Why You Need To Plan For Retirement
Part 2 of 3-Part Series

We won’t delve into the technical side of retirement planning, that’s a conversation you need to have with your financial advisor. But the broader details are important for you to understand when having that discussion. As the very base of it, money you earn now needs to be invested so it can grow into the amount you need during retirement. The amount you need will be determined by the kind of lifestyle you want to live during that retirement, and the more time you have to invest, the bigger that number can be. Not everything in life needs to be planned, but this is definitely one aspect where earlier is better!

When you start investing for retirement at a younger age, it means there are a lot more years for your money to grow. More risk tolerant investments such as stocks can be afforded because over time much of the risk is mitigated. Ups and downs in the market can be tolerated because it is a long-term play, and you do not need the money for many years. Over time, stocks are shown to be a big winner, whereas in the short term, they are much riskier. As you get closer to retirement, a much safer approach is taken because a dip in the market may coincide with when you do need to take out money. Your portfolio should be focused on preserving your money in risk averse investments such as bonds, rather than the gains afforded by stocks. Access to your funds when you need them or liquidity is a vital planning tool as well because you may need them for pre-planned events such as your child’s university or wedding. Your portfolio and retirement plans are something which will evolve over time and constantly be reviewed and updated with your advisor.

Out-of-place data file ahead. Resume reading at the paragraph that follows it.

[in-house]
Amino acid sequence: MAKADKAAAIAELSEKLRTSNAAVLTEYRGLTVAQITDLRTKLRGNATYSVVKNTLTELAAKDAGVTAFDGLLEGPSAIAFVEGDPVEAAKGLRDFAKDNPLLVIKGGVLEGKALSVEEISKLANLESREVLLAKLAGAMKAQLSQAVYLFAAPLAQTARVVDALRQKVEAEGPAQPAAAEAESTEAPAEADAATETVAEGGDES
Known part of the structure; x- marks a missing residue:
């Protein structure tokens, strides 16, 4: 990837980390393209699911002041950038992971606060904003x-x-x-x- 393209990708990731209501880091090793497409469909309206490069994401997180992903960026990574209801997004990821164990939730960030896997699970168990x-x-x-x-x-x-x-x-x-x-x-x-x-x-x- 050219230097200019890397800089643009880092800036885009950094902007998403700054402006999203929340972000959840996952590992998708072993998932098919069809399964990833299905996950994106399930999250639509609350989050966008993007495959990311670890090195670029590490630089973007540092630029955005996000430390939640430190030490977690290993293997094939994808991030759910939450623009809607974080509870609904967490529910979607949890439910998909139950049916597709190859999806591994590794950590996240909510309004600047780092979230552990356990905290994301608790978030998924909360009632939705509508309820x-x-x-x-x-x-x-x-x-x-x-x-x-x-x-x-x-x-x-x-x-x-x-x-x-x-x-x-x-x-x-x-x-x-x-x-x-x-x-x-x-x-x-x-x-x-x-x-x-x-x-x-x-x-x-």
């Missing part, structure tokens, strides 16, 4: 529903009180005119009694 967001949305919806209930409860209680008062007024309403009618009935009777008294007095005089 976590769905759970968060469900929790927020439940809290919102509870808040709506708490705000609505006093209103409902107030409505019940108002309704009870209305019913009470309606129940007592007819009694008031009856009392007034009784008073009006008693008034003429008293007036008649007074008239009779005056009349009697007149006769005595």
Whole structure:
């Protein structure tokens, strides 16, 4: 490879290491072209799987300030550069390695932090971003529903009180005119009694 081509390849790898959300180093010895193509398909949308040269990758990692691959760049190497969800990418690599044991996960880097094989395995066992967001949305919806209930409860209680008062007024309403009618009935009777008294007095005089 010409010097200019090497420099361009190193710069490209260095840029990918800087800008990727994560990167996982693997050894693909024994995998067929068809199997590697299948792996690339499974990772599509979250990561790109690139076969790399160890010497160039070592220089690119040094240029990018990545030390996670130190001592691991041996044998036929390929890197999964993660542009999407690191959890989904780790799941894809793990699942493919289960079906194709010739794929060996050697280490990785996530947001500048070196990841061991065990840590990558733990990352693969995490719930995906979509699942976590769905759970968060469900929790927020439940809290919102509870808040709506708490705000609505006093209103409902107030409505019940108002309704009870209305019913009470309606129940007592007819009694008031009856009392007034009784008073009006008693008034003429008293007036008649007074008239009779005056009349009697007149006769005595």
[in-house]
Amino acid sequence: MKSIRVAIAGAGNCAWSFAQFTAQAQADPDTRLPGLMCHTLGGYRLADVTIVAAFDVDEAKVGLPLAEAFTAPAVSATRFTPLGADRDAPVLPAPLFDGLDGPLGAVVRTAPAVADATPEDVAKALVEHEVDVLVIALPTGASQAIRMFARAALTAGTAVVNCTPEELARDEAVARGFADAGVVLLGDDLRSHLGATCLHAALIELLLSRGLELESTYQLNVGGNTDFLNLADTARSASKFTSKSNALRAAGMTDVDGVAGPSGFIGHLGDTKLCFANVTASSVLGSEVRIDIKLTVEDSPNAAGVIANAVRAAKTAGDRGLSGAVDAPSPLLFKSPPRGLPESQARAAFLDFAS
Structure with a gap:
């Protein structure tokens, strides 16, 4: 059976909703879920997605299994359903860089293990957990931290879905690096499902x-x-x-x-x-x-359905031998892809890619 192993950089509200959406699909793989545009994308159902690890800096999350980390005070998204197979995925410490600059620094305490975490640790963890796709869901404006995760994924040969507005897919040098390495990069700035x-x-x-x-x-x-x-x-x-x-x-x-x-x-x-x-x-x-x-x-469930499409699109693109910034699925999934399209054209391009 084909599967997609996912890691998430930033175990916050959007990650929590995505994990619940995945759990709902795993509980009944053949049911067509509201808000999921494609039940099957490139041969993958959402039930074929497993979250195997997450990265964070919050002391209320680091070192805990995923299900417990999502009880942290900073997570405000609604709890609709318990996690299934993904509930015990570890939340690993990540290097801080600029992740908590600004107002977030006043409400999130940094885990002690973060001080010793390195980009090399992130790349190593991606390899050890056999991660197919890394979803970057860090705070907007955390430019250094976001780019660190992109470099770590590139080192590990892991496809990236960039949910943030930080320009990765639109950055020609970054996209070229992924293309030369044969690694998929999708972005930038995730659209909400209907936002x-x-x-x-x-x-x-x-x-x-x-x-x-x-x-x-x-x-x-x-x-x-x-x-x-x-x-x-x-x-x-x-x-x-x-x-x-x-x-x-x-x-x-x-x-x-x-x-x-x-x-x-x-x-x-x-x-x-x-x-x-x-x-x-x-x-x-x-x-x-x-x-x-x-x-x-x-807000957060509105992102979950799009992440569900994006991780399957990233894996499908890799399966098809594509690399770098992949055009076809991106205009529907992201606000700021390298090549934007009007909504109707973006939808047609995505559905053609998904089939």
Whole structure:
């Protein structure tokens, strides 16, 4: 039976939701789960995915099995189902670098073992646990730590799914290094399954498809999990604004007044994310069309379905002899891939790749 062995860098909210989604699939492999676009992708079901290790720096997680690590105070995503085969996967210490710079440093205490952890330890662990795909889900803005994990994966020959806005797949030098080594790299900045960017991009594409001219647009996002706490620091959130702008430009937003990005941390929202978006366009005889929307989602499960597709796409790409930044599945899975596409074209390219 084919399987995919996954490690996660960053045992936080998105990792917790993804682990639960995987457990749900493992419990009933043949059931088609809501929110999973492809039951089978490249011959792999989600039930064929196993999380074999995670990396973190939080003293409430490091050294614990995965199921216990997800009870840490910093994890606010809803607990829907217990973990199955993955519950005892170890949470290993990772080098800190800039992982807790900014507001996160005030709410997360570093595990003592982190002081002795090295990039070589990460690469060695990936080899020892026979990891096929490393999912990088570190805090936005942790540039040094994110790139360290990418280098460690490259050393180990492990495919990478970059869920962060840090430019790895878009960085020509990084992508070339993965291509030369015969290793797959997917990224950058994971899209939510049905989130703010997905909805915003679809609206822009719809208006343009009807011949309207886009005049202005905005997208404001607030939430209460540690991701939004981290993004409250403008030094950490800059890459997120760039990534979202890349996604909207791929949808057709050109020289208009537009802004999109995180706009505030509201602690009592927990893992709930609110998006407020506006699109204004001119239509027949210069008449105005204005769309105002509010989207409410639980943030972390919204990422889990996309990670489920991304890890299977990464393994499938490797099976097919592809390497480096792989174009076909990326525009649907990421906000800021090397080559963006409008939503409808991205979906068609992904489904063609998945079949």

Let’s not forget that just because you’re growing your money, you’ll have access to all of it when you withdraw it. Taxes can decimate your portfolio if not accounted for and inflation is the often-overlooked, under planned killer. As with all investments, a retirement portfolio involves making money or income which means, you guessed it, taxes. We won’t delve into tax rates on income, as we discussed this in depth in our previous blog, but it’s safe to say taxes must be accounted for and paid.

Inflation, most simply put is the increase in the cost of living over a period of time. It means that a dollar today will buy less than a dollar in the future and that has a massive implication on your retirement fund. In 2018, the average rate of inflation in Canada was approximately 2.3%. This may seem negligible, but over the course of 30+ years, it could cut your retirement savings worth in half. Returns on your investments must always factor this in otherwise you’ll be in trouble when the time comes to start living off your retirement fund.

Part 3 of this series to follow next week! We will wrap up the series with final thoughts on retirement planning!